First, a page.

2. You must notify the hospital of your intent to sue.
You must make this notification in writing and the affidavit obtained from the medical professional who verified the injury or illness associated with the negligence claim should accompany it.
3. Allow time for the hospital to respond.
Once your attorney has notified the hospital that you intend to file a hospital negligence lawsuit, they have 90 days to respond. If an offer is made at that time, which is unlikely, your attorney will discuss the terms of the settlement with you and help you decide whether to accept the offer or move forward with the lawsuit.
4. Do not file outside the statute of limitations.
By law, you may only file a hospital negligence lawsuit within two years of the date of the incident, which led up to the injury or illness caused by negligence. The only exception is if the hospital took deliberate steps to conceal the negligent action. If professionals took active steps to hide the illness or injury, the two-year statute of limitations starts upon learning of the patient’s injury or disease. As you can see, the process of holding a hospital accountable is not easy. An attorney who has the experience necessary to pursue these cases can undoubtedly tell you more about this process and inform you about how long it will take to seek compensation.
Insurance Company Contact After Being Informed
The possibility exists that an insurance company may initiate contact with a patient who has suffered an illness or injury after the hospital has informed them of the intent to pursue a lawsuit. Here is what you can expect following their receipt of your purpose:
- Deflection of responsibility – there is a good chance the hospital will attempt to advise you they are not accountable for a patient’s worsening illness or the injury caused by negligence. They may blame the patient, their attending physician, or a third party. This deflection is because they do not want to admit fault, nor do they want to pay a claim. If the insurer contacts you directly, you should always refer them to your hospital negligence lawyer.
- Offer a quick settlement – in some instances, the hospital’s insurer may make a swift settlement offer. This offer is likely less in light of the injury or illness and the level of negligence. This is another way an insurer may be attempting to minimize the patient’s losses. Any offers should be immediately referred to your attorney since they can help you understand what you may be sacrificing if accepted.
- Paperwork flood – you may suddenly receive a stack of paperwork from the insurance company asking you to sign specific documents. While there may be a need for the insurer to access some information about your medical history, this is an attempt to obtain information that can help them. Never sign any documents you receive from an insurance company without reviewing them with your lawyer.
You have rights as a patient if you become ill or suffer an injury because of any medical mistakes. One of those rights is to be taken seriously and ensure that the hospital is held accountable for your losses. Insurance companies representing the responsible party will never consider your best interests. They will likely do everything possible to pay as little as possible for your damages.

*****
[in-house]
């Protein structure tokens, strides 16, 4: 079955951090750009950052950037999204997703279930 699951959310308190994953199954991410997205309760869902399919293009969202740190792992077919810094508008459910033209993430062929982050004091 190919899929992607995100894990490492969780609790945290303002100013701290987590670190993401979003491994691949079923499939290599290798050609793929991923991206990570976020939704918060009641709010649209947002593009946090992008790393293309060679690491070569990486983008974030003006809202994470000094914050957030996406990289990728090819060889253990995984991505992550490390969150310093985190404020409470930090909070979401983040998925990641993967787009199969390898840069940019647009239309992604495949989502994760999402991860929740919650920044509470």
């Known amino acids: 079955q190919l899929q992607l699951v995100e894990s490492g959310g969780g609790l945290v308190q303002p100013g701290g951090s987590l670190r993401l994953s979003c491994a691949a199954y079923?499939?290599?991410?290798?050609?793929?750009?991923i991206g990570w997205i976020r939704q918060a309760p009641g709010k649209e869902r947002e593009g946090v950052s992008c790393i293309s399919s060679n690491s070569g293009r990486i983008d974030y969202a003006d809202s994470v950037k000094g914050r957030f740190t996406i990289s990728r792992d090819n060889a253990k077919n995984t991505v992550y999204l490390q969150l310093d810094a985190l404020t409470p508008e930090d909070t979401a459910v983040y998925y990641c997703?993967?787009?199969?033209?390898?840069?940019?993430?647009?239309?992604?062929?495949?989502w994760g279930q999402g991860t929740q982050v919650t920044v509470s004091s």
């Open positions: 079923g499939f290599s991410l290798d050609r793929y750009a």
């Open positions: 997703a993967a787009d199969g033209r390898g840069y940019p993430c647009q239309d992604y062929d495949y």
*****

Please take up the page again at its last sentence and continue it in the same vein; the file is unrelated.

Damages You Can Demand in Hospital Negligence Lawsuits
When hospital negligence injures you or a loved one or exacerbates an illness, you may recover certain damages. Some of these include:
- Additional medical bills – because further medical attention may be necessary, the hospital could be liable for the additional medical bills incurred if the treatment required exceeds insurance coverage.
- Lost time from work – if the injury or illness results in time lost from work, the demand for a settlement can include lost wages. If you lose a loved one, the negligence suit would result in a wrongful death case. This would mean that a wrongful death lawyer would handle your case. A wrongful death lawyer would likely include an estimate of future lost wages in the settlement demand.
- Pain and suffering – your lawyer can calculate the pain and suffering associated with the illness or injury and include it in a hospital negligence lawsuit claim. This number is often subjective and, therefore, requires input from experts in the type of injury or illness a patient suffers.
There may be other financial claims that a patient or their surviving family member may be entitled to demand following a hospital’s negligent conduct, resulting in a more severe illness or an injury.
Medical Malpractice Attorneys Protect Patient Rights
Patients who do not get the best care at a hospital because of negligence have rights. The best way to protect those rights is to hire an attorney to work hard to protect your interests. Hospitals will always have a legal team on their side that will fight hard against any hospital negligence claims. This is why you need an advocate who will fight to protect a patient’s rights. Hospitals owe every one of us a certain level of care. The hospital must train each staff member to understand their obligations to patients and provide the tools necessary to do their jobs. When a hospital does not convey the correct information to its staff, it places every patient at risk. If you believe a patient’s care was lacking because of negligence, then you have every right to hold them accountable. When you contact a hospital negligence lawyer for help, they can review your claim, determine the appropriate legal actions, and confront the challenges of proving hospital negligence. Do not wait until it is too late to pursue a hospital negligence case. Doing so could forfeit your right to hold them accountable.